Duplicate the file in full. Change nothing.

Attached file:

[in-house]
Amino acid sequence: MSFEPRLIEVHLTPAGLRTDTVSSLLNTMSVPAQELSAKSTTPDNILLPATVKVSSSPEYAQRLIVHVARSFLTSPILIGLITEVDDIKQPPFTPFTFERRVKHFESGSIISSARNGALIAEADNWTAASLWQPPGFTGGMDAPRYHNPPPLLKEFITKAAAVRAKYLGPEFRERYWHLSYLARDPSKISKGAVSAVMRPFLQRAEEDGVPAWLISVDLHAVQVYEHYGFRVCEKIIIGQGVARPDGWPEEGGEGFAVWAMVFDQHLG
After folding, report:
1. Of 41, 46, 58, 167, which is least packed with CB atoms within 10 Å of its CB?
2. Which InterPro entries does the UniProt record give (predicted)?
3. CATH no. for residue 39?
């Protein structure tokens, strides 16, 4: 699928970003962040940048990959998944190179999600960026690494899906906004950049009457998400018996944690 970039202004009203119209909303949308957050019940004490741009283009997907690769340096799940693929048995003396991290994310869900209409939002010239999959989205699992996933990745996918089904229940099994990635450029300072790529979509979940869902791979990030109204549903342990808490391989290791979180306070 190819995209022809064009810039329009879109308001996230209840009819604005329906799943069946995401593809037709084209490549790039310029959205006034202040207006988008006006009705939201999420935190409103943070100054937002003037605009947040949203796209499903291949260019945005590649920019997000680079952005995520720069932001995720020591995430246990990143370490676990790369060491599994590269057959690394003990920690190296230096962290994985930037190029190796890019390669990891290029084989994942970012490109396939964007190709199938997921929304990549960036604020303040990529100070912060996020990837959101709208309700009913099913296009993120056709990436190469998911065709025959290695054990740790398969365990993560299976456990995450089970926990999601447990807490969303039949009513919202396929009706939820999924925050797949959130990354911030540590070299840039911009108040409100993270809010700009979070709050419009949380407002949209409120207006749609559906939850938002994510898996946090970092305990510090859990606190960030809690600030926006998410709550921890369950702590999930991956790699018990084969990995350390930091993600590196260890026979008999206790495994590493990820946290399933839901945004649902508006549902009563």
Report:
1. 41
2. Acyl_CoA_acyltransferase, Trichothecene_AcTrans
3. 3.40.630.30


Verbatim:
[in-house]
Amino acid sequence: MSFEPRLIEVHLTPAGLRTDTVSSLLNTMSVPAQELSAKSTTPDNILLPATVKVSSSPEYAQRLIVHVARSFLTSPILIGLITEVDDIKQPPFTPFTFERRVKHFESGSIISSARNGALIAEADNWTAASLWQPPGFTGGMDAPRYHNPPPLLKEFITKAAAVRAKYLGPEFRERYWHLSYLARDPSKISKGAVSAVMRPFLQRAEEDGVPAWLISVDLHAVQVYEHYGFRVCEKIIIGQGVARPDGWPEEGGEGFAVWAMVFDQHLG
After folding, report:
1. Of 41, 46, 58, 167, which is least packed with CB atoms within 10 Å of its CB?
2. Which InterPro entries does the UniProt record give (predicted)?
3. CATH no. for residue 39?
């Protein structure tokens, strides 16, 4: 699928970003962040940048990959998944190179999600960026690494899906906004950049009457998400018996944690 970039202004009203119209909303949308957050019940004490741009283009997907690769340096799940693929048995003396991290994310869900209409939002010239999959989205699992996933990745996918089904229940099994990635450029300072790529979509979940869902791979990030109204549903342990808490391989290791979180306070 190819995209022809064009810039329009879109308001996230209840009819604005329906799943069946995401593809037709084209490549790039310029959205006034202040207006988008006006009705939201999420935190409103943070100054937002003037605009947040949203796209499903291949260019945005590649920019997000680079952005995520720069932001995720020591995430246990990143370490676990790369060491599994590269057959690394003990920690190296230096962290994985930037190029190796890019390669990891290029084989994942970012490109396939964007190709199938997921929304990549960036604020303040990529100070912060996020990837959101709208309700009913099913296009993120056709990436190469998911065709025959290695054990740790398969365990993560299976456990995450089970926990999601447990807490969303039949009513919202396929009706939820999924925050797949959130990354911030540590070299840039911009108040409100993270809010700009979070709050419009949380407002949209409120207006749609559906939850938002994510898996946090970092305990510090859990606190960030809690600030926006998410709550921890369950702590999930991956790699018990084969990995350390930091993600590196260890026979008999206790495994590493990820946290399933839901945004649902508006549902009563």
Report:
1. 41
2. Acyl_CoA_acyltransferase, Trichothecene_AcTrans
3. 3.40.630.30